Friday, April 24, 2015

Tax season takeaways keep on coming


With the income tax filing sprint behind us, advisers and accountants are taking a look back at 2014's results and thinking about what they can do better for 2015.

As readers may recall, the 2013 tax filing season was an ugly one. Clients and advisers were trying to get their arms around the American Taxpayer Relief Act of 2012, which brought with it a top marginal income tax rate of 39.6% for single filers with taxable income over $400,000 ($450,000 for married-filing jointly).

At the time, advisers reported that clients were shocked by the size of the checks they had to write out to the federal government, even with ample warning leading up to the filing season. Admittedly, even this reporter learned a few costly lessons last April.

This year was again a tough one for accountants and advisers, albeit for different reasons: There were new tax forms related to health insurance coverage, for instance, and clients continued receiving late and corrected 1099 and K-1 statements.

“It feels like we went through battle, and we're exhausted and tired,” Craig M. Steinhoff, a certified public accountant and principal at Hill Barth & King. “We thought we were prepared for battle, and some of us were, but there are some lessons learned.”


Some clients tripped on their own bad decisions in 2014.

Jonathan Gassman, a CPA and personal financial specialist at The Gassman Financial Group, had a client who socked away a large sum of money into three mutual funds near the end of the year, just before the funds distributed their capital gains and declared dividends. “They were only in the funds for a couple of days but still had realized significant income because they got in before the dividend and capital gains,” he said.

The tax bill came to $60,000, thanks to the poor timing of the transaction.

Mr. Gassman says he would've suggested the client hold off on the investment until January or at least until after the distributions have been made, but he had been left out of this do-it-yourselfer's decision.

Another client decided to borrow from an IRA in 2014, erroneously believing that he had until April 15 to pay for it. Wrong: Borrowers have 60 days to return the funds to the IRA without incurring taxes and a penalty. “You could've saved yourself a few thousand dollars,” Mr. Gassman said.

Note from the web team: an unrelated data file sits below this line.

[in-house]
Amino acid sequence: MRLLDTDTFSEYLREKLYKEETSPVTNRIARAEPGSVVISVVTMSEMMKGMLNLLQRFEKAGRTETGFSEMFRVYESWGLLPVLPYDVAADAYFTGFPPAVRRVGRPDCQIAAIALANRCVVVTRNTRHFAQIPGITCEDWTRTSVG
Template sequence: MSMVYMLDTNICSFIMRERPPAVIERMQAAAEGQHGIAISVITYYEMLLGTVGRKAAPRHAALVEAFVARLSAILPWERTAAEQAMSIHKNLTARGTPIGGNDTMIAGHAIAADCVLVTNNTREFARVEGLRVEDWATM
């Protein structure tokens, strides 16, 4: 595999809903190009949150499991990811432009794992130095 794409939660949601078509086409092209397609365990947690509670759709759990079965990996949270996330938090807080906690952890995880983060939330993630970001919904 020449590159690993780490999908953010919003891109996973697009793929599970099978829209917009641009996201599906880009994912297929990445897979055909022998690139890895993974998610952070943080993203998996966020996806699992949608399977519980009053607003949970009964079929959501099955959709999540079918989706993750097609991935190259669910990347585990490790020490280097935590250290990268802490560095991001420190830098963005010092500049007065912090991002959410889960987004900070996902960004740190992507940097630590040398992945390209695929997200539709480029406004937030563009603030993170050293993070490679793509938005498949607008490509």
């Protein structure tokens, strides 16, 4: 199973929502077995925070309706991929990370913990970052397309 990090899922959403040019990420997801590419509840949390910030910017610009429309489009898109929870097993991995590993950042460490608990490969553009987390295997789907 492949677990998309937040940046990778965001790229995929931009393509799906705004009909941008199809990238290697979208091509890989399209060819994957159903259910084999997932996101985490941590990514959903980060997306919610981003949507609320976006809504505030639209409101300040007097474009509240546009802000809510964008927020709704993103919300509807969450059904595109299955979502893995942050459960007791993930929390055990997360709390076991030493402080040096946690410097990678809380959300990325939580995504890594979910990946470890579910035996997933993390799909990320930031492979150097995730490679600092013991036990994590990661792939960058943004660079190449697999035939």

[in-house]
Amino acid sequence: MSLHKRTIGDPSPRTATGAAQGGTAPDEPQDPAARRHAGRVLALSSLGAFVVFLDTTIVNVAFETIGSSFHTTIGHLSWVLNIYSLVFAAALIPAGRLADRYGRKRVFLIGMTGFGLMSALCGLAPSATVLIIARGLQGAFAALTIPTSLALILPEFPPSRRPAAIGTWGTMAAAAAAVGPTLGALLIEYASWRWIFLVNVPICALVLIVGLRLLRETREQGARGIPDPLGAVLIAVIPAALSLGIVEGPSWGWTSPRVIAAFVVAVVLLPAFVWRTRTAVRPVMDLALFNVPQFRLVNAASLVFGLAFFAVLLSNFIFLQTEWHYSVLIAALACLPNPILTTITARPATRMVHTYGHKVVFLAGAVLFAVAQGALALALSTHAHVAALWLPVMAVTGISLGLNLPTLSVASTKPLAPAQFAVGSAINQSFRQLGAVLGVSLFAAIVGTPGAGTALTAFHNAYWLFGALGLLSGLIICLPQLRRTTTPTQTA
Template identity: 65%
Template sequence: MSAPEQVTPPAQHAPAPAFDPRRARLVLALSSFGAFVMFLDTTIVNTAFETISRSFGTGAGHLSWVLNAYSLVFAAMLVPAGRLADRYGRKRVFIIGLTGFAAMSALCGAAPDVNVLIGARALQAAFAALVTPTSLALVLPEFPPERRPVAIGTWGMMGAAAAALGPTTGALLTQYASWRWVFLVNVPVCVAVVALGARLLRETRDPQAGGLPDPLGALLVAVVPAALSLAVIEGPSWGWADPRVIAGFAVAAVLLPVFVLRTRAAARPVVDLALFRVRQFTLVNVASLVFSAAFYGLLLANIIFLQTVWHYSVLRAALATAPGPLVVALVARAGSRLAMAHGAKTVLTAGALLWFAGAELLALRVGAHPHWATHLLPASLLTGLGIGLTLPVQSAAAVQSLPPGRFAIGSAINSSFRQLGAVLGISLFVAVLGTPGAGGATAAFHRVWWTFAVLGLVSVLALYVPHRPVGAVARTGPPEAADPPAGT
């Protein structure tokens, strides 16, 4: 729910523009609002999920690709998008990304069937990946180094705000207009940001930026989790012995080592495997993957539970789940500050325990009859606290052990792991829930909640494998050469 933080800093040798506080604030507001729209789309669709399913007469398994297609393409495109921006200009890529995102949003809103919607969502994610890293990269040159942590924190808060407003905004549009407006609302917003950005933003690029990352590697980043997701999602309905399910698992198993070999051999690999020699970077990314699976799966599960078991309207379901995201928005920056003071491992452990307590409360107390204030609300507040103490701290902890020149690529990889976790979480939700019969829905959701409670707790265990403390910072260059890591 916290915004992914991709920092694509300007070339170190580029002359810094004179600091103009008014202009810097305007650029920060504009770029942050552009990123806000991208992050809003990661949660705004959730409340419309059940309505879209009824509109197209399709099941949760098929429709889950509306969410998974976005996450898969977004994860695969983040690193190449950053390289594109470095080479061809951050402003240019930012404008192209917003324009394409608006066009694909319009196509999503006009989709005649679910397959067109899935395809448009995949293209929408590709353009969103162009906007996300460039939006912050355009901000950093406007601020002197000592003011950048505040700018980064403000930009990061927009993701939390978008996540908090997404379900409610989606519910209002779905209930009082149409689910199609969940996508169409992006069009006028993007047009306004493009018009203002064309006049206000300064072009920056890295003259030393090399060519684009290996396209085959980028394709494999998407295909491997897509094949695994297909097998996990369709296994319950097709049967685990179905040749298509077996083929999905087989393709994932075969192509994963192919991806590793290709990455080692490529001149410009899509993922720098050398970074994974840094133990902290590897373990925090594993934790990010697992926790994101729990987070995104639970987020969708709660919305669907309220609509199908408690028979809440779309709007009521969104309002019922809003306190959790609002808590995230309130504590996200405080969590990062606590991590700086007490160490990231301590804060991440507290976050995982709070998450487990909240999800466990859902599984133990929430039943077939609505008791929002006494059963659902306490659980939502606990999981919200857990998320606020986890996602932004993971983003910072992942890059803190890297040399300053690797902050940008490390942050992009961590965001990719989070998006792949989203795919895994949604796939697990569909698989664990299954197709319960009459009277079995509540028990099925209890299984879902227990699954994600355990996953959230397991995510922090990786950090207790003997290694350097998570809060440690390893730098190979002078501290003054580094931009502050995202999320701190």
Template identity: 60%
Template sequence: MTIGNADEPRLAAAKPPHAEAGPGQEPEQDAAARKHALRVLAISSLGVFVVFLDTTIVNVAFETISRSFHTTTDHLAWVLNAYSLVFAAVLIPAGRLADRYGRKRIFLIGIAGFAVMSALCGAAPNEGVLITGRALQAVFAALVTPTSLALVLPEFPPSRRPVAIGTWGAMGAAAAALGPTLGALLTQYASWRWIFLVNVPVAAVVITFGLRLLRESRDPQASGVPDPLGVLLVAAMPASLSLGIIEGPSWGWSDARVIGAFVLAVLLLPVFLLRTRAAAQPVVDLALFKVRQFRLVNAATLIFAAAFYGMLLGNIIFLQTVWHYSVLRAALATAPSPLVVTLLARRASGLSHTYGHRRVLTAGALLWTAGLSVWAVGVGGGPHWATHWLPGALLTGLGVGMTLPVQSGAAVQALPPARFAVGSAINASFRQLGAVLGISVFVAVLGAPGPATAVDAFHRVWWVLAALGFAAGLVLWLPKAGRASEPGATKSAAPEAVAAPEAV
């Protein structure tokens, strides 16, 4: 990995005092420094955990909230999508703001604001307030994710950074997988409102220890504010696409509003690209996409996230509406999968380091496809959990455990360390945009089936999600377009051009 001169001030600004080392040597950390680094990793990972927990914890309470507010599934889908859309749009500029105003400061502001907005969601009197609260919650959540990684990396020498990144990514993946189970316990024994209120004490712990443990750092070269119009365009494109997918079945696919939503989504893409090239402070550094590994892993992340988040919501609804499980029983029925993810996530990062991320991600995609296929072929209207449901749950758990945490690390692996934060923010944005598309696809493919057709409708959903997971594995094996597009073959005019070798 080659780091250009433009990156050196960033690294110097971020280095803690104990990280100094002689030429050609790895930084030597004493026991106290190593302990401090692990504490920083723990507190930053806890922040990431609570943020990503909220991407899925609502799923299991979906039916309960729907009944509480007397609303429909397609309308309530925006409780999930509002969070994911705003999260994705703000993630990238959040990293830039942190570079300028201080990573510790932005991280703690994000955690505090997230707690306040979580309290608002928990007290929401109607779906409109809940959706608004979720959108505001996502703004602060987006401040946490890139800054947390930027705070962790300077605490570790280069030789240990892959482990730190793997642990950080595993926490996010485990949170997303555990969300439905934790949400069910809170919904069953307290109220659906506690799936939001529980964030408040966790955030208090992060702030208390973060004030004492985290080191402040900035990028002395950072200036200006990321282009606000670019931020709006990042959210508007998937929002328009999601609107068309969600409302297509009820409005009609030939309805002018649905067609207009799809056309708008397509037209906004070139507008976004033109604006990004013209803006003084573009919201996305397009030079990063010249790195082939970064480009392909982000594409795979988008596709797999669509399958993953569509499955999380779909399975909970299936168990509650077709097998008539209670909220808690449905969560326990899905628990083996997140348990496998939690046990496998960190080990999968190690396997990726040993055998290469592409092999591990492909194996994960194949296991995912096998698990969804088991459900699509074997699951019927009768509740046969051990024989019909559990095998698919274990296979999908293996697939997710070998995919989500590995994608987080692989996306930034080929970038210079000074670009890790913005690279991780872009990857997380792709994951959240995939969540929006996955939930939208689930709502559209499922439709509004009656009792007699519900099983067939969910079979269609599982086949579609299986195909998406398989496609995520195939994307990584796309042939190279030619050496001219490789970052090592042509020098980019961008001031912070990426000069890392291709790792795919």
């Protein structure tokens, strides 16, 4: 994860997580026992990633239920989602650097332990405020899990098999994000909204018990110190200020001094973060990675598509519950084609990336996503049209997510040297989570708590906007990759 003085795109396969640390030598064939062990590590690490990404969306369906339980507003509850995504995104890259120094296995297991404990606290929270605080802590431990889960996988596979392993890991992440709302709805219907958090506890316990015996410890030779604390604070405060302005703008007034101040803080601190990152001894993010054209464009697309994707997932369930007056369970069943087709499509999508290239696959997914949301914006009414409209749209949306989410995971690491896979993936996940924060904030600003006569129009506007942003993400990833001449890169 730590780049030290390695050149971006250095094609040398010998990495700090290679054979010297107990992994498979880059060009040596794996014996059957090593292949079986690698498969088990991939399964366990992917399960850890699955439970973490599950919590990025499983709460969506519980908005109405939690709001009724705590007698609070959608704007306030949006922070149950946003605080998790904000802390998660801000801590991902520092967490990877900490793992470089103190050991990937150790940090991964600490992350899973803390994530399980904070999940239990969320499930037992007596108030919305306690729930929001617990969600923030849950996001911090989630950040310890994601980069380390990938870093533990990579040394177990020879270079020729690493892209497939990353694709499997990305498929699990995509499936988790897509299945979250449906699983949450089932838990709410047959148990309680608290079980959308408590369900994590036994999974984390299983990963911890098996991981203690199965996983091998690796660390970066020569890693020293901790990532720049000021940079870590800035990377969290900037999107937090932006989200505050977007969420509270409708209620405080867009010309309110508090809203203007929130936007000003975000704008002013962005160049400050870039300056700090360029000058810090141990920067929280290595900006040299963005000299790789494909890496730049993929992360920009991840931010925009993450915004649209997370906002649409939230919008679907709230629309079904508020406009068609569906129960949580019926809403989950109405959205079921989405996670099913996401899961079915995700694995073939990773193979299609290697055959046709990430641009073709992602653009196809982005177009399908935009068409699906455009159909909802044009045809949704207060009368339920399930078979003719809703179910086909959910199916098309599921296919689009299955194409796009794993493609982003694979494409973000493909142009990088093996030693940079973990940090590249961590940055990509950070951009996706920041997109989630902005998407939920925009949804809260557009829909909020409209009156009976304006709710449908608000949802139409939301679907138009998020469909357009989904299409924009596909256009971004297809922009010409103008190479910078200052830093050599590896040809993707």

New for the 2014 filing season, advisers and accountants had to ask clients about their health care situation: Did they have coverage? If so, did they have it all of last year? Did they get it through work? If not, did they receive tax credits to help cover the cost?

People who bought health care coverage last year through the exchanges received Form 1095-A in the mail, which had details those people needed to file a federal income tax return. Form 1095-A is also essential for those clients who need to file Form 8962 and claim a premium tax credit.

The problem is 800,000 people received erroneous information on those forms in February. Affected clients wound up waiting for corrected forms in what became a “Herculean nightmare” for accountants, Mr. Gassman said.

“It's a tremendous burden on the tax preparer to be the police for health insurance coverage,” he said, noting that it took hours to grasp the forms. “A lot of people don't understand the rules. Even the accountants don't understand the rules.”

“The first round of 1095-As were incorrect, and that was a lesson learned on our part,” Mr. Steinhoff said. “Don't assume that just because you got a form that it's right. Do your due diligence, and make sure it's what you expect to see.”


In a perfect world, clients would respond to accountants' requests for the pertinent tax prep documents in late January and be prepared to file by the end of February or beginning of March.

Accountants' efforts to wrap up their clients' tax returns in a timely manner were stymied by the late distribution of Form 1099, or receipt of an incorrect form altogether.

“There's been a trend in the last few years where 1099s are issued and then amended or corrected,” Stephen J. Bigge, a partner at Keebler & Associates, said. “In mid-March, they get a notice that says they're getting a corrected 1099. Basically I'm doing close to 75% of my returns in the last three to four weeks of tax season.”

Mr. Steinhoff noted that clients who bought homes or refinanced residences in 2014 received Form 1098, the mortgage interest statement. At times, the forms failed to account for the amount that the client paid at closing, which required an adjustment.

Don't forget that Schedule K-1, which is necessary for investors in master limited partnerships, can also come with mistakes.


With tax forms freshly filed, now might be a good time to circle back to those clients and talk to them about where they stand for 2015. Advisers and CPAs can also look for additional opportunities for clients who are in the highest tax bracket.

“It would be great to sit with other advisers in the company and get the top 10 mistakes that clients made this year,” Mr. Gassman said. “Clients who are in the highest tax bracket are good candidates for tax planning and investment planning ideas. They have time between now and Dec. 31 to make the changes to save on taxes and grow wealth prudently.”